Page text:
Why Interfaith Dialogues Are Not (Necessarily) Biblical: A Response to Fred Butler
Fred Butler has been nicknamed the “Grace to You Mail Guy” by Brannon Howse for years now (several times when broadcasting for WVW, Howse told me I could not be friends with Fred, which I happily ignored because I graduated the Third Grade in 1988). In fact, Fred Butler does a little more for Grace to You than work in the mail room. As I understand it, he heads up a volunteer program for the aged members at Grace Community Church, who lend their time to the ministry. Butler is also a steady figure in social media, particularly Facebook and Twitter, and occasionally writes for his blog, Hip and Thigh, and as of late, The Bible Thumping Wingnut. He’s also written a post or two for Pulpit & Pen. Butler is a loveable, cuddly furball of charm and wittiness, who seems to be a perpetual supporting character in most interesting Internet debacles that entertain the theological-minded. Butler is a witty, charming, fuzzable, adorable and likable guy.
That being said, Butler’s recent article at Bible Thumping Wingnut deserves a fair-minded, friendly response. His post, Do the Scriptures Forbid Interfaith Dialogues? requires some loving correction.
I recently got into an extended Twitter squabble on the topic of interfaith dialogues and whether or not Christians can engage in them with unbelievers. I noticed a lot of horrible use of Scripture employed against the idea of interfaith dialogues. It was so bad, I felt compelled to address at least one key passage raised in our exchanges. I also wanted to offer up some other thoughts on the matter.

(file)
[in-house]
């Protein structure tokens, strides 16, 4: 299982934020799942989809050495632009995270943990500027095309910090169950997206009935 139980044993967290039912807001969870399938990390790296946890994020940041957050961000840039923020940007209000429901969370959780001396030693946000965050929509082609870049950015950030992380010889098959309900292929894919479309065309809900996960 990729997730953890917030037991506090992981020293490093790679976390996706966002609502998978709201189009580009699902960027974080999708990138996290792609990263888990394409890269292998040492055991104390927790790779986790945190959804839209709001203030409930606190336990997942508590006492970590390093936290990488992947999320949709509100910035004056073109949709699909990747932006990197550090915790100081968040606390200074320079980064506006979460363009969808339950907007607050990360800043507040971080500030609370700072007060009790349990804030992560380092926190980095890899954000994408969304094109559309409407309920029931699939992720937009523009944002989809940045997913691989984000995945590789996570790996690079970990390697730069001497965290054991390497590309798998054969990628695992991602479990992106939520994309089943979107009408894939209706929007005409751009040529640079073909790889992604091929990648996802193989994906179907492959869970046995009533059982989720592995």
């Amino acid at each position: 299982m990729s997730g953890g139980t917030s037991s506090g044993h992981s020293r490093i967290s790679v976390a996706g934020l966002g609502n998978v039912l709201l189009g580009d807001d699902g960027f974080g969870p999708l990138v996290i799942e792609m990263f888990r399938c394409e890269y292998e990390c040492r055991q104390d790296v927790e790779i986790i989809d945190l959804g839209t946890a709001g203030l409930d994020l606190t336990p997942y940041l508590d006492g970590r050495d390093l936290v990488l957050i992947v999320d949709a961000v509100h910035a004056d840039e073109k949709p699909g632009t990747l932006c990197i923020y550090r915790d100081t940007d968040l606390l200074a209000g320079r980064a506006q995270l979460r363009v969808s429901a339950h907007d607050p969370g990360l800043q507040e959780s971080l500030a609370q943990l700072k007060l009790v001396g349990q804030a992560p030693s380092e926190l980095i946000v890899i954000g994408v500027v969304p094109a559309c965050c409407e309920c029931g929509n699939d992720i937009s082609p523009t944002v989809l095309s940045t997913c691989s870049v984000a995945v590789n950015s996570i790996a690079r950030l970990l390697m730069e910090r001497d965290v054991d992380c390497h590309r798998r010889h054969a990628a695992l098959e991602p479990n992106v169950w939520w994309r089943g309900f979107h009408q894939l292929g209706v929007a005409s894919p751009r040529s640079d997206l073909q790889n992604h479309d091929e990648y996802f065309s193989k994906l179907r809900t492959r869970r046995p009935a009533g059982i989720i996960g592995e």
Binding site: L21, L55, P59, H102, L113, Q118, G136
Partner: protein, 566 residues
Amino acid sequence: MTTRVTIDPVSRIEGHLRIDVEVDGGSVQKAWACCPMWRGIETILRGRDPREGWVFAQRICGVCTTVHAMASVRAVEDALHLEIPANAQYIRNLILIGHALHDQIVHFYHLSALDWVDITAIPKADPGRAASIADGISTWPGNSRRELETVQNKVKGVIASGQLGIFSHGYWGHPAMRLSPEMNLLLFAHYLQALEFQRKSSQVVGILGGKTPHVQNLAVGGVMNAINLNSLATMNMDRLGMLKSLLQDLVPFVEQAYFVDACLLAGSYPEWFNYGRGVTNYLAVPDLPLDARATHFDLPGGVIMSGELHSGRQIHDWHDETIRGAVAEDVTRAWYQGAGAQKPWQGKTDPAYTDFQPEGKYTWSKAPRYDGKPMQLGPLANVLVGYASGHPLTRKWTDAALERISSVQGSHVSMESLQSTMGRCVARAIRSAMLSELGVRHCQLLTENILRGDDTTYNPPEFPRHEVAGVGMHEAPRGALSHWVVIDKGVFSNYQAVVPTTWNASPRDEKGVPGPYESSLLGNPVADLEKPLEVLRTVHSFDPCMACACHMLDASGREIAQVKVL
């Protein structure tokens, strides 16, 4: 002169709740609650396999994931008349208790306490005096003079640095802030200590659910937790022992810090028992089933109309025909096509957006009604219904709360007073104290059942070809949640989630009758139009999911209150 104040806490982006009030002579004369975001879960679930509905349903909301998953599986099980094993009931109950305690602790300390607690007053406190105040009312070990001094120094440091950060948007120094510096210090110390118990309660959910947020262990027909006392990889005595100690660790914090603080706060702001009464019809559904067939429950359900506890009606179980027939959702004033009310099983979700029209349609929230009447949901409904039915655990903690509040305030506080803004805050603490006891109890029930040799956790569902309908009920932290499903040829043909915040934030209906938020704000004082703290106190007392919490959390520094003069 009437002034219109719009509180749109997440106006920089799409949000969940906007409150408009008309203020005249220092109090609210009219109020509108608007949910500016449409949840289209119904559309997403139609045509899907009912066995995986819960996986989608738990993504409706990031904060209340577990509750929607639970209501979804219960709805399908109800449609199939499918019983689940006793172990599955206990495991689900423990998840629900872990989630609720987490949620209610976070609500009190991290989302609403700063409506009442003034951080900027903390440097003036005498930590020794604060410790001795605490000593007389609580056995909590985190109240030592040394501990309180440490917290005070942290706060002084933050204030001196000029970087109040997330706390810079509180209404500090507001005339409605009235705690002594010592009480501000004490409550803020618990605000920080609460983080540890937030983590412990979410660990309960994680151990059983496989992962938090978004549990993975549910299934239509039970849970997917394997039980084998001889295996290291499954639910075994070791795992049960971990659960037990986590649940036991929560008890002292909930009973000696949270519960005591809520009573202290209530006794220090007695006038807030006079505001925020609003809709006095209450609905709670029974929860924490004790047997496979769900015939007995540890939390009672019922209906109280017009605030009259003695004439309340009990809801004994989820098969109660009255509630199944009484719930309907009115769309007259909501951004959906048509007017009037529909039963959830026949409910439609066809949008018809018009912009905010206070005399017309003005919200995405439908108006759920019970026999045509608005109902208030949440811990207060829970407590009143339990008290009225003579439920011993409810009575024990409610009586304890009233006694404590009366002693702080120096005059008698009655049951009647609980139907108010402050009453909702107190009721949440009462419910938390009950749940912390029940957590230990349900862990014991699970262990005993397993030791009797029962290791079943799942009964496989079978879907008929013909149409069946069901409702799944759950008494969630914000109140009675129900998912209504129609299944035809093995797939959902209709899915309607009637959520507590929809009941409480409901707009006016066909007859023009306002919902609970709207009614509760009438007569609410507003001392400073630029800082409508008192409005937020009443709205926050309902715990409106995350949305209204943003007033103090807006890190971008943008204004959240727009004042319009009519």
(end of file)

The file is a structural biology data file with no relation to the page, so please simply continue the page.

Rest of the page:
I cannot speak as to whether or not the Scriptures employed by those to whom Butler refers in said “Twitter squabble” were horrible, as with one several-hour exception last week, I haven’t been on Twitter in two years. I do know that Twitter is not the place to go if you’re looking for a thorough analysis of, well, pretty much anything. He continues by citing the Wikipedia definition of Interfaith Dialogue and summarizes it as, “The idea of interfaith dialogue (IFD) is constructive cooperation and positive interaction between people of different religious traditions,” which Butler argues is “a rather broad concept.” Butler acknowledges a second use of the term, writing, “…IFDs are not meant to synthesize contradictory beliefs into some hybrid system everyone can agree upon. (Think, “Chrislam”). Rather, the dialogues seek to understand where those of different religious convictions are coming from so as to promote acceptance between opposing groups.”
This is the two-part definition of Interfaith Dialogue (hereafter, IFD) that Butler is working from. He then lays out what he calls, “Misconceptions.”
Now, I would think Bible-believing, God-fearing Christians would desire pursuing amiable cooperation with their neighbors of different faiths. What would be sort of a vanilla co-belligerence. In fact, the Scriptures would implore Christians to live in peace with unbelievers, Proverbs 16:7, 1 Timothy 2:1,2. Living in Southern California certainly affords the opportunity to practice such cooperation. I have had Jewish, Hindu, Muslim, Catholic, Mormon, and Greek Orthodox neighbors and associates. All of us getting along with each other, despite our religious differences, has been good for establishing the harmony of our relationships.